"With our souls, with our blood, we will sacrifice for you, Bashar," and "Long live Syria!" chanted many in the crowd.
Many among the estimated 2.5 million refugees scattered across neighboring countries abstained from a vote they regard as bogus. Still, long lines of Syrians formed at embassies in Jordan, Iraq and Iran and elsewhere.
A few countries including France and Germany banned Syrians from voting. But in Sweden, which has received some 30,000 Syrian asylum seekers since 2011, Syrians from opposing sides of the conflict gathered outside the embassy in Stockholm to express their views and cast their ballots.
Police stood between the two groups as emotions ran high, with pro-Assad Syrians outnumbering those opposing him.
Syrian opposition activists fighting to topple Assad and their Western allies have denounced the election as a sham since it is taking place amid a brutal civil war.
The government in Damascus, meanwhile, has touted the vote as the political solution to the 3-yearlong conflict.
Despite the carnage in Syria, Assad has maintained significant support among large sections of the population, particularly among Christians, Alawites and other religious minorities. That support has been reinforced as Islamic militants gained more strength among the rebels fighting to topple him.
Assad hails from the minority Alawite sect, an offshoot of Shiite Islam that has ruled Syria for the past four decades. The overwhelming majority of rebels are Sunni Muslims.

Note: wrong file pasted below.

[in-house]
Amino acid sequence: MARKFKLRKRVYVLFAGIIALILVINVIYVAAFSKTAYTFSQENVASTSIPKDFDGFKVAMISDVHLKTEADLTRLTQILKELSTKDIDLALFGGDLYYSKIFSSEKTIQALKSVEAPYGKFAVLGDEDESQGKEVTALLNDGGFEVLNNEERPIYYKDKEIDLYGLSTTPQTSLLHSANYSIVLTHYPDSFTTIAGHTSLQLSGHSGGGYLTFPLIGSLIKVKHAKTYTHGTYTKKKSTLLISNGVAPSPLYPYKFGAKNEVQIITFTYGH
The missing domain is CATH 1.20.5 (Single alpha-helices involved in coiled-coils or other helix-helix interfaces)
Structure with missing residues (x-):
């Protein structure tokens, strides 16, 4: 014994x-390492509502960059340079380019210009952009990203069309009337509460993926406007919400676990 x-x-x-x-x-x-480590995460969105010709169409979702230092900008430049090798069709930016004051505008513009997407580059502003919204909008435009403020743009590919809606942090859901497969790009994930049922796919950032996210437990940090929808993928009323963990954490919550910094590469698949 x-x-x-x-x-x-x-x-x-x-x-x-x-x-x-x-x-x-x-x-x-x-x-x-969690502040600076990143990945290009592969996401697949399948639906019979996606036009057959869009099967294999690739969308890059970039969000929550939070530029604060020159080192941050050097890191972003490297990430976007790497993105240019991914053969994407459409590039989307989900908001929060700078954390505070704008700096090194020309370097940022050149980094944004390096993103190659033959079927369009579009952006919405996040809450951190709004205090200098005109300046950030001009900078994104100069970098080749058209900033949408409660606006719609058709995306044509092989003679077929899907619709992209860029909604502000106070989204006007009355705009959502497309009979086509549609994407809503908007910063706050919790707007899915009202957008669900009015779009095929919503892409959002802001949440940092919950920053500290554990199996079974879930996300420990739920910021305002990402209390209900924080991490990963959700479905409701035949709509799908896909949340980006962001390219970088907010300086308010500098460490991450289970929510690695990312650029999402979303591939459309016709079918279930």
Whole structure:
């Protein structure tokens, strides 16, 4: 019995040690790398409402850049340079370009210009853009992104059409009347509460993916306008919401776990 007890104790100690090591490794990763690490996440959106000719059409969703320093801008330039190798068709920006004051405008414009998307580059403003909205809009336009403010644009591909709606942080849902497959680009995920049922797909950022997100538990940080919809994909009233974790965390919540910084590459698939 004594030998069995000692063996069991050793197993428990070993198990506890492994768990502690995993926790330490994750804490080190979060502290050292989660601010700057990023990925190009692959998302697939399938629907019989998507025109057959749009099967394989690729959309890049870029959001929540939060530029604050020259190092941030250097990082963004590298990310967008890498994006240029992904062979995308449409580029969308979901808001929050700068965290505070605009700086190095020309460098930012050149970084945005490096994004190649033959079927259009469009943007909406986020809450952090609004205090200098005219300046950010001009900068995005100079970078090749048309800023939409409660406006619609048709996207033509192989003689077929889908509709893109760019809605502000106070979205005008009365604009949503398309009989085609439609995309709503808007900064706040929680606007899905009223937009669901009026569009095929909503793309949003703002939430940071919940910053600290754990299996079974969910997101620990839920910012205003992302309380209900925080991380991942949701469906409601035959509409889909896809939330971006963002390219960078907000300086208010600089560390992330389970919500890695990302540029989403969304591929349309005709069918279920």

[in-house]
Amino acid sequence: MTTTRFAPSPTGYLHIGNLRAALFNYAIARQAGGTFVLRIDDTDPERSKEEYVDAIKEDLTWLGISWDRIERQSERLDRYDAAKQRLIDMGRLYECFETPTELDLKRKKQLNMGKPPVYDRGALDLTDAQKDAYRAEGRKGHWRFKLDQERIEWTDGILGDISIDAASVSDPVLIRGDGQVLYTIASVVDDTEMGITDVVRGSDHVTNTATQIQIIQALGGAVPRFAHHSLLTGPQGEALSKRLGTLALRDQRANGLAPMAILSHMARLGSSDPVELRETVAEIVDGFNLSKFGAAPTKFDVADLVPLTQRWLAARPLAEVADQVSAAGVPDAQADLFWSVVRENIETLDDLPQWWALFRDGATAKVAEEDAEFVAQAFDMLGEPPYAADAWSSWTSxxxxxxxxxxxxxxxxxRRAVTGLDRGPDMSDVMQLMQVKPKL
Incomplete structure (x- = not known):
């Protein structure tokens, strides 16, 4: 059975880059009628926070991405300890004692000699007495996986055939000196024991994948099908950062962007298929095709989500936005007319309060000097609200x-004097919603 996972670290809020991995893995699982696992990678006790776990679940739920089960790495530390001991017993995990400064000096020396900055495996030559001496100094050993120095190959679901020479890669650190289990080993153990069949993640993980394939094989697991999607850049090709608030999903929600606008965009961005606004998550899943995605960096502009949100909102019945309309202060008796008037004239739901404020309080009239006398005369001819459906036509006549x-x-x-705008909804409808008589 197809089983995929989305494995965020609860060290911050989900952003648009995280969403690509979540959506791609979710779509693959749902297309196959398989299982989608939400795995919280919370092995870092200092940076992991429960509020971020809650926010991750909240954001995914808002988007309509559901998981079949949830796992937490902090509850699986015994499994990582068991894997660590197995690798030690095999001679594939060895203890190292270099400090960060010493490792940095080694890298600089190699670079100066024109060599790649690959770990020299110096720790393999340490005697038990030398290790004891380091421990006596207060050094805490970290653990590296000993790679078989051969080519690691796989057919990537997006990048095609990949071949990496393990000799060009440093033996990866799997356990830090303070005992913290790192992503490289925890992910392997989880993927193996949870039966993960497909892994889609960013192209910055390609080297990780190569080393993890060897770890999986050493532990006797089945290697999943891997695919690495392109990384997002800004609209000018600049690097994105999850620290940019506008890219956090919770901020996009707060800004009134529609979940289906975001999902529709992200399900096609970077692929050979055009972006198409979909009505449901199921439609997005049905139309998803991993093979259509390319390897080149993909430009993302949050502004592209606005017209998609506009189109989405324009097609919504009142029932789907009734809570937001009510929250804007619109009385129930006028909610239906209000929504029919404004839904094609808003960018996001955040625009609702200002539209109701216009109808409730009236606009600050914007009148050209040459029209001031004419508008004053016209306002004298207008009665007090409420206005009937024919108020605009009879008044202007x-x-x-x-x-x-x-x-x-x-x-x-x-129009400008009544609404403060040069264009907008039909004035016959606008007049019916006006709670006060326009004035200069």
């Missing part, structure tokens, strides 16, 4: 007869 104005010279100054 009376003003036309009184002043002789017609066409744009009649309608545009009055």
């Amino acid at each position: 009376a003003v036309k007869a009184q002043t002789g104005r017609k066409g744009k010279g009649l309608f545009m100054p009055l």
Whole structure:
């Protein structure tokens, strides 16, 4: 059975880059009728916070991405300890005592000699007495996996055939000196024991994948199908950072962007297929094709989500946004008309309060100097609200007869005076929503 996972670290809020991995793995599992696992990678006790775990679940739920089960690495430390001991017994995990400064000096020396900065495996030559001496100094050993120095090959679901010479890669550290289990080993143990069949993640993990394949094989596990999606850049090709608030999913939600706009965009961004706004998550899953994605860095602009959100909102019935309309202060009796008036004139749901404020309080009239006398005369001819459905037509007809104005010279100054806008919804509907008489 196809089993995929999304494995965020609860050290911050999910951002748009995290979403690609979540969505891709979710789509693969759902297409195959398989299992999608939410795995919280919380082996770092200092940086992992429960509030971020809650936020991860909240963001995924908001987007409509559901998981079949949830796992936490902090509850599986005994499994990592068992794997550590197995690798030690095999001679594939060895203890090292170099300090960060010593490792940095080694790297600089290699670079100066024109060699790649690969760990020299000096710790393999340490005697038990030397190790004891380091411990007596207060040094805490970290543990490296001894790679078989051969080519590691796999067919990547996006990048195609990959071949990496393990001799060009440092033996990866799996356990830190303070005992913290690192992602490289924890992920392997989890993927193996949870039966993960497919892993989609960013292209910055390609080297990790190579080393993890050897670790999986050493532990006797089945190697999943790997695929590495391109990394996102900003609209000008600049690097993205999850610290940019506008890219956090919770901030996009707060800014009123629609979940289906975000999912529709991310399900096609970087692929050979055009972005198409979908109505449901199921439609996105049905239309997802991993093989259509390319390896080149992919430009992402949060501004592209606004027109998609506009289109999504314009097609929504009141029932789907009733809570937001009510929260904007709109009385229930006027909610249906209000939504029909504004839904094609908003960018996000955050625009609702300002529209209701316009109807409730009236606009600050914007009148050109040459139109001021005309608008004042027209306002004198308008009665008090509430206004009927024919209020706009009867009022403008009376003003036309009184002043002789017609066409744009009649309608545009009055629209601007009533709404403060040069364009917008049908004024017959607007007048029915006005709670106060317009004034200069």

Bassem Zammam, a 45-year-old Syrian sculptor who arrived in Sweden 45 days ago, said he voted for Assad, "not because I like Assad, but because I like Syria."
"I like stability, I like (the safety) that we missed because of those savages," he said, adding that he initially supported the rebels but changed his view because he felt they weren't really seeking freedom. He said mortar fire had injured his children and destroyed his house.
In Lebanon, a country of 4.5 million people that has long been dominated by its Syrian neighbor, the election turned into a massive show of support for Assad and his Lebanese ally, the Shiite militant Hezbollah group.
The clashes in Yarze broke out when Syrian voters started pushing against the Lebanese soldiers in an effort to get into the compound. Soldiers beat the voters with batons and sticks and were even seen slapping few people in an effort to control them. Overwhelmed by the crowds and the heat, several people fainted. Red Cross volunteers ferried at least 20 people away.
Polls in Lebanon were to be open from 7 a.m. to 7 p.m., but Syrian Ambassador in Beirut Ali Abdel-Karim Ali said voting would be extended until midnight.
There was pandemonium inside the embassy as well. Voters pushed inside a small room with four ballot boxes and voted publicly. At times, election workers were seen grabbing the ballots and stuffing them inside the boxes themselves. No one appeared to be checking who was voting or how many times.